Here’s our next installment in the addictive history of medicine…
Medicinal preparations of opium are usually associated with the Victorians, but their origins are much more ancient. References to poppy juice are mentioned on 7th century BC medical tablets from the Assyrian civilizations, and the Sumerians called the poppy the ‘plant of joy’. The Greeks used poppy preparations widely in their medicine, although most famously in the mixture called Theriac or Mithrate which was invented in the 1st century AD. The concoction which had up to 64 ingredients including opium, cinnamon, myrrh, honey and ‘viper’s flesh’ was used to treat poisonous snake bites among other complaints. Theriac was widely traded as far as China, and arrived in England in the 14th century where it was called ‘Venice Treacle’ for its sticky and sweet consistency. It became known almost immediately as a cure for the Black Death, and parents rubbed the stuff on their children to keep them safe. Much like smelling sweet spices kept in ‘pomanders’, this technique probably did not work very well against the highly infectious plague.
Opium was widely used in Englandby the 14th century for its ability to induce sleep. William Shakespeare famously wrote in his play Othello:
‘Not poppy, nor mandragore,
Nor all the drowsy syrups of the world,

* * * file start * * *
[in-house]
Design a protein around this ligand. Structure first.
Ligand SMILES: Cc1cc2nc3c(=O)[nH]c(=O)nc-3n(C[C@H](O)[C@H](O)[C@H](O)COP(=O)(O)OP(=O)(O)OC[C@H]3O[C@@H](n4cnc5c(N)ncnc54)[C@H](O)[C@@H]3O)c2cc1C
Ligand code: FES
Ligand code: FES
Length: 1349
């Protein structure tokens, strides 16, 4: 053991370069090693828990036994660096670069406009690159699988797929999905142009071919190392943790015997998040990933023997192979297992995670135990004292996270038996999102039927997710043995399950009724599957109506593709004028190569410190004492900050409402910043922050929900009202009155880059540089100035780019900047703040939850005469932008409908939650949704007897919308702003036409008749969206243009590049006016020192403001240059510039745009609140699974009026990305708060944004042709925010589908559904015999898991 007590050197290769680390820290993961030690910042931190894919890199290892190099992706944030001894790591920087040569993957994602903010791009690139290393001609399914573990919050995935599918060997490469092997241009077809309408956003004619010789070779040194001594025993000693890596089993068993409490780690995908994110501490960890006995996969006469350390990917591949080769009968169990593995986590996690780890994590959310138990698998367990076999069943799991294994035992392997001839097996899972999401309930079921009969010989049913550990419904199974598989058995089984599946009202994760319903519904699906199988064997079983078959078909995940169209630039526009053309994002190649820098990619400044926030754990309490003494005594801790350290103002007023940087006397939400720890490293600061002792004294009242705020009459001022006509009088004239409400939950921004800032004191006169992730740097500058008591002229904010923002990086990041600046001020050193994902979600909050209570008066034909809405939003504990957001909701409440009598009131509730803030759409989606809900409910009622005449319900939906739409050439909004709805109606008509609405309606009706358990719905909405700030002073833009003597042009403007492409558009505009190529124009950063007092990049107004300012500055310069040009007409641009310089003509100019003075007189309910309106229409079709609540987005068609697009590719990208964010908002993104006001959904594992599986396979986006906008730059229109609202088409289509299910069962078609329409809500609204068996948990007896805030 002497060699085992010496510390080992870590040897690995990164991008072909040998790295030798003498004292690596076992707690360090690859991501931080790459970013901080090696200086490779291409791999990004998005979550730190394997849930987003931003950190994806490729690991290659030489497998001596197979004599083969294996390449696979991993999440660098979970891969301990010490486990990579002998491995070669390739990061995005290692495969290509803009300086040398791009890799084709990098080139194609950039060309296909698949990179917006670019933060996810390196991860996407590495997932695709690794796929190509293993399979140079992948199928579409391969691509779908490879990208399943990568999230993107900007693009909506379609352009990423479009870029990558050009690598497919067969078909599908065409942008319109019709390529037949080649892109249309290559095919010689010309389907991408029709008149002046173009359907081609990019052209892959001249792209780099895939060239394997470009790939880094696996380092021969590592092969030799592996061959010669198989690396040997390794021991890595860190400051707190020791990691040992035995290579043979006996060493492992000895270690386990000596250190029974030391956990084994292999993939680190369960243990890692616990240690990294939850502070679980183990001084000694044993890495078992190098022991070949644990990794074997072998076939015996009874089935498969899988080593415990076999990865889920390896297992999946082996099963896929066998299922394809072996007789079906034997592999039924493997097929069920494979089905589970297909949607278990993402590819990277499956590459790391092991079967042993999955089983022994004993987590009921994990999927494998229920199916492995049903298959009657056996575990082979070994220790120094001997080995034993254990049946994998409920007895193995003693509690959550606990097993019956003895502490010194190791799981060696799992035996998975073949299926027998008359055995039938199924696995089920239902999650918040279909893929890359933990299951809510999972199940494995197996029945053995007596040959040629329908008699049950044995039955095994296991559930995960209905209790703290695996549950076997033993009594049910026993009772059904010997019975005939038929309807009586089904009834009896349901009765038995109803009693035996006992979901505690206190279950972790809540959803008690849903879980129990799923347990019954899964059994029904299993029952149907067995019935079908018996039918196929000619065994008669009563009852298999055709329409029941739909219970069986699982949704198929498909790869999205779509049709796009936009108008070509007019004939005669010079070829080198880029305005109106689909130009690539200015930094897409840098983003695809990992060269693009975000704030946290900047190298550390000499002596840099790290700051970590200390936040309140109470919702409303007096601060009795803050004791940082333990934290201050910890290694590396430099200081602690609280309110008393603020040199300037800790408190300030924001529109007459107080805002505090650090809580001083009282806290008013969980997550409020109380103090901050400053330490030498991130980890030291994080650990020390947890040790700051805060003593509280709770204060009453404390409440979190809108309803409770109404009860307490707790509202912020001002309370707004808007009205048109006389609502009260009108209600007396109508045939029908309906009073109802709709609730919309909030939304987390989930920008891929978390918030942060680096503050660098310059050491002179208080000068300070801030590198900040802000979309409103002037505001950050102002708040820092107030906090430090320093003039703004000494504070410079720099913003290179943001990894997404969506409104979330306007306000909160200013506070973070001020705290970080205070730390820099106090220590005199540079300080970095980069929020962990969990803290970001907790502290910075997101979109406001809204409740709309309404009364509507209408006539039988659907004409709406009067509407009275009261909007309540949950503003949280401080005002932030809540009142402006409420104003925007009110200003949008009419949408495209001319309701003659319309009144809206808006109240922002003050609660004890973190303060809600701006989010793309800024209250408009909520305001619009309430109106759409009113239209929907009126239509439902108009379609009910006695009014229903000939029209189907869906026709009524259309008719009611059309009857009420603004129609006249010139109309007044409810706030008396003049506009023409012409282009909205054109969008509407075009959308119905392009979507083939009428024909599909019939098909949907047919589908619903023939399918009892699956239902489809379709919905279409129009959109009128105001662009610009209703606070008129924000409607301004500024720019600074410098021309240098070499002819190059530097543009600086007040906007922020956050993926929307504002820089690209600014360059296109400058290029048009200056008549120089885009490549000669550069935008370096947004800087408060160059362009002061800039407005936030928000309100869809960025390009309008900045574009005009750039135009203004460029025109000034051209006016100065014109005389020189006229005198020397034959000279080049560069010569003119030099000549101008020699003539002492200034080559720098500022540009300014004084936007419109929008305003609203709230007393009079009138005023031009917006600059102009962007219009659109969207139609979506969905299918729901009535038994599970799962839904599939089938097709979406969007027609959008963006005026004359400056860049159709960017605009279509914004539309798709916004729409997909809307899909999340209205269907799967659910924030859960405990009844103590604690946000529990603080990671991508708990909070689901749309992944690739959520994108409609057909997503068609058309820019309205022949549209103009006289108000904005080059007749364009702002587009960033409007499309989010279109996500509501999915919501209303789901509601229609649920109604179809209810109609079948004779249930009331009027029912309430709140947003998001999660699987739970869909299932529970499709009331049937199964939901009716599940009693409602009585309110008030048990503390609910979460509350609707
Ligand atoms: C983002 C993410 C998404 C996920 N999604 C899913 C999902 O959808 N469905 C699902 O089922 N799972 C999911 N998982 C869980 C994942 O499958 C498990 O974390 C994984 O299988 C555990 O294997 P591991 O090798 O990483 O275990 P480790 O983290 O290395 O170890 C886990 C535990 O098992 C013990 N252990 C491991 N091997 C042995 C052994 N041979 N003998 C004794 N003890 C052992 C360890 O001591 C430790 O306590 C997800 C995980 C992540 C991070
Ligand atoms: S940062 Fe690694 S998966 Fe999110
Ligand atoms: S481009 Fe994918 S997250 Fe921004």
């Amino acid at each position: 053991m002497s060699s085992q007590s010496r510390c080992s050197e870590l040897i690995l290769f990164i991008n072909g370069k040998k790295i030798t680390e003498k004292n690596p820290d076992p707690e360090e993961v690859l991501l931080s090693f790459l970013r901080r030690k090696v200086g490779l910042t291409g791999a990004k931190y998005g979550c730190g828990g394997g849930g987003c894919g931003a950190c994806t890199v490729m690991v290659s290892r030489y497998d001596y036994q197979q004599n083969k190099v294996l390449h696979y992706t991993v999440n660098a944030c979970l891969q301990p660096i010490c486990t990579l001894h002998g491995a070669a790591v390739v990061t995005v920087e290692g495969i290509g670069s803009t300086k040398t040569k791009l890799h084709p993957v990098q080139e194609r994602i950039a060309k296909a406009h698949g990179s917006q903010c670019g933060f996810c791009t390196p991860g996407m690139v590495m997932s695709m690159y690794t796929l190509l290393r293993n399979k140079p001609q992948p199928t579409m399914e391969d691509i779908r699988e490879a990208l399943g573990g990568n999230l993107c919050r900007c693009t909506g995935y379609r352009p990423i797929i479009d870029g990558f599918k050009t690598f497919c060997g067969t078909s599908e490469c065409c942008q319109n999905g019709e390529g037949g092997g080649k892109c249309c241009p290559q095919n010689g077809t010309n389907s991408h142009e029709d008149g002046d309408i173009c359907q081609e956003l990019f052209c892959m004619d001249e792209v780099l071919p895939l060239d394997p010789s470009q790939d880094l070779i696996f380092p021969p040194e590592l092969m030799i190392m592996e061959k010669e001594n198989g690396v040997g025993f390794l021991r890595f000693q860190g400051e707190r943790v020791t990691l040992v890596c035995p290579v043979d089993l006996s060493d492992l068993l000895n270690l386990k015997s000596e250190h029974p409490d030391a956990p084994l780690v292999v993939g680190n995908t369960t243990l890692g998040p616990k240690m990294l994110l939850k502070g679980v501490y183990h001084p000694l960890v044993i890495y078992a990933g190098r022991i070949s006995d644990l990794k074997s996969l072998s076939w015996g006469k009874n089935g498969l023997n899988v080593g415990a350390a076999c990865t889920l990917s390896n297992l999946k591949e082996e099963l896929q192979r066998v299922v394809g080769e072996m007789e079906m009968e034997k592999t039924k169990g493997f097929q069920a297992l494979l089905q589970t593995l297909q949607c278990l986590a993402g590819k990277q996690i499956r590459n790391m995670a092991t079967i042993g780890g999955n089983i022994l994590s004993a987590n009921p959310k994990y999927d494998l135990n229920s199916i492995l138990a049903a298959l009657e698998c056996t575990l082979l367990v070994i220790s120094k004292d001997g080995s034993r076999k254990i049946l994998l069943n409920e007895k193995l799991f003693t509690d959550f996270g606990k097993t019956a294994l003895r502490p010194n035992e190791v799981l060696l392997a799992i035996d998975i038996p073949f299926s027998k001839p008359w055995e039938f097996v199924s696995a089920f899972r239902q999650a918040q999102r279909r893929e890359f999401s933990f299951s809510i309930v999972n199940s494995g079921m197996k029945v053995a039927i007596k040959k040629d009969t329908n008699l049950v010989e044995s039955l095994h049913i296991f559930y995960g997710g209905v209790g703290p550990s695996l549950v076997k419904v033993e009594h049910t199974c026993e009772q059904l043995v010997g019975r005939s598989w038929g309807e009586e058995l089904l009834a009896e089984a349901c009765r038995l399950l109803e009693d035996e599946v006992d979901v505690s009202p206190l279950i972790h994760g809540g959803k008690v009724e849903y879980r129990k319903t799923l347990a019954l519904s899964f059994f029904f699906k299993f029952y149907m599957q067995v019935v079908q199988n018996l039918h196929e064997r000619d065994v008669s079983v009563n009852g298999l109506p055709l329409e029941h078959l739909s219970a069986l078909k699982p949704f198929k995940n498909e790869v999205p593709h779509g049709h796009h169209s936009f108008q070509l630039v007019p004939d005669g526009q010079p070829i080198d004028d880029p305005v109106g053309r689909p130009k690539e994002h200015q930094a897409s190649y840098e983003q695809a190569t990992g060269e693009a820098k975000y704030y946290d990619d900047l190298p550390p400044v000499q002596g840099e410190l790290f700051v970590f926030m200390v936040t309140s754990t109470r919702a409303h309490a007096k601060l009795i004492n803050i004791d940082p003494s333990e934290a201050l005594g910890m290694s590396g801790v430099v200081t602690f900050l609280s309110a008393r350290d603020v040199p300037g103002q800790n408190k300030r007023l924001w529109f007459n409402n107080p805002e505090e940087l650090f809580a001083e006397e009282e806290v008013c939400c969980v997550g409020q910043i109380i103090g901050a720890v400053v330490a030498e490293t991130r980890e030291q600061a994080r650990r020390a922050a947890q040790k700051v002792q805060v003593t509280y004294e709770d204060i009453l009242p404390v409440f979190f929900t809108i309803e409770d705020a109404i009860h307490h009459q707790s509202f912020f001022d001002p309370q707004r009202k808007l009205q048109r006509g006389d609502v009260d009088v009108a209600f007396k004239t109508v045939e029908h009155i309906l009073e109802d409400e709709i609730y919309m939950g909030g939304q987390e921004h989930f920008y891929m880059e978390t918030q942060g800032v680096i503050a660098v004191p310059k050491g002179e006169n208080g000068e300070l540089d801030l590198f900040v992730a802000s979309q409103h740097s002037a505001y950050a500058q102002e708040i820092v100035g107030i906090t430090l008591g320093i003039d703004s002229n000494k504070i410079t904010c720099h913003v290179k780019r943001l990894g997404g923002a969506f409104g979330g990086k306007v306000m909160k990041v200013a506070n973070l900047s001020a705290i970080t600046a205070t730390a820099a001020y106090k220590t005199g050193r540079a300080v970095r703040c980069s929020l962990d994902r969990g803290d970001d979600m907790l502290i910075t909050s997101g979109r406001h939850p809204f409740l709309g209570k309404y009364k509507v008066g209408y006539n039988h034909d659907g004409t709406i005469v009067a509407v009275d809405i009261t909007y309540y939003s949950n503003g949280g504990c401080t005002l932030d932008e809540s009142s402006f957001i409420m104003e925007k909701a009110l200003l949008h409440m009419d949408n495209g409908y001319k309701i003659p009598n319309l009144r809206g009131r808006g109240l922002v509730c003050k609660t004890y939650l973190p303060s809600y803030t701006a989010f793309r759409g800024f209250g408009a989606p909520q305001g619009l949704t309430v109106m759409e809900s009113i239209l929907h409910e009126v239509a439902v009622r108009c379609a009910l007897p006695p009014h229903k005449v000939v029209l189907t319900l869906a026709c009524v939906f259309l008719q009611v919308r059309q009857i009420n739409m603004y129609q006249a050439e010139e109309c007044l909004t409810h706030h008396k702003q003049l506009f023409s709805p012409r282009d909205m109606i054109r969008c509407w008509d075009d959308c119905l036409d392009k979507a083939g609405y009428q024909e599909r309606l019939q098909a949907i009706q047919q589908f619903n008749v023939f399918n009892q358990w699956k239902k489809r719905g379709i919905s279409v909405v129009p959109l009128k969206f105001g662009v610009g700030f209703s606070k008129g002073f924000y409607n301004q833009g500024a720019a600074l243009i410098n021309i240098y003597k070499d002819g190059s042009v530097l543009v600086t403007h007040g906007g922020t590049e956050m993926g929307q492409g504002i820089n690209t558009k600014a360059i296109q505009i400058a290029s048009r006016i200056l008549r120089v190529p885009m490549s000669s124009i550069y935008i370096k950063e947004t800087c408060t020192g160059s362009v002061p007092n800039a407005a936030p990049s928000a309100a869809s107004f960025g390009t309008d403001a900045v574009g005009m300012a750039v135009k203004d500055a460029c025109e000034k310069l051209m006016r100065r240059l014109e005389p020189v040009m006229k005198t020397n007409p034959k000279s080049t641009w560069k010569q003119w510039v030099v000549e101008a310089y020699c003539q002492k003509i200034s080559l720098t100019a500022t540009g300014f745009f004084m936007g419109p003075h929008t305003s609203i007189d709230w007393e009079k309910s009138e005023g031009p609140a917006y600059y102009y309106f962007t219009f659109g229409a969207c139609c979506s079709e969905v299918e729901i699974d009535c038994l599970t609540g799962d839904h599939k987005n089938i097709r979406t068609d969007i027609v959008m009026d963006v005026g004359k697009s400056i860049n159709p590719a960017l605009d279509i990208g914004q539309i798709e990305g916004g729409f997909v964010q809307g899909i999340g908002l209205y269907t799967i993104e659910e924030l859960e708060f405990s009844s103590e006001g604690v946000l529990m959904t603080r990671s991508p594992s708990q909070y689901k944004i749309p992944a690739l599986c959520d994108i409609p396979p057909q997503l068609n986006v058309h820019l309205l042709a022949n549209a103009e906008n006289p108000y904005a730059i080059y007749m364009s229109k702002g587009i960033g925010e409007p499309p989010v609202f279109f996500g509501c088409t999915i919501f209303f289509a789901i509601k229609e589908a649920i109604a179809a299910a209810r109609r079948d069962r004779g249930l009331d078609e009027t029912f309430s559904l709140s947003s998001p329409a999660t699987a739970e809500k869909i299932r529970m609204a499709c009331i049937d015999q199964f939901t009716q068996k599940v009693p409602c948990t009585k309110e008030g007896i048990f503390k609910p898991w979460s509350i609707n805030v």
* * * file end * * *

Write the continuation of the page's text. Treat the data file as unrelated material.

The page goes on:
Shall ever medicine thee to that sweet sleep,
Which thou ow’dst yesterday.’
Laudanum, a mixture of opium, water and alcohol, eventually became the most widely used preparation of opium, and the most abundant in the Science Museum’s collections. The term was first coined in the 16th century by the Italian botanist Paracelsus, who called his own pill-like laudanum preparation ‘the stone of immortality’. The drug was made famous by the English physician John Sydenham in 1660. Sydenham’s liquid laudanum, opium combined with sherry, instantly became popular as a cure-all for pain and other complaints. As Sydenham himself said of the drug, ‘Medicine would be a cripple without it…’
In early medicine, opium was an indispensable tool in the doctor’s and surgeon’s arsenal, used to treat insomnia, pains, diarrhoea and even cholera. In the Science Museum’s collections of medicine chests, you can find a small bottle of some opium mixture, usually laudanum, in almost every one. It is worth remembering that unlike today, most people in earlier times would probably never have seen a doctor in their life. They often had to rely on drugs like opium for pain relief instead of proper medical care. As you can imagine, pain-relief and addiction went hand-in-hand.
This article was written by Kristin Hussey and Luke Pomeroy, Collections Information Officers.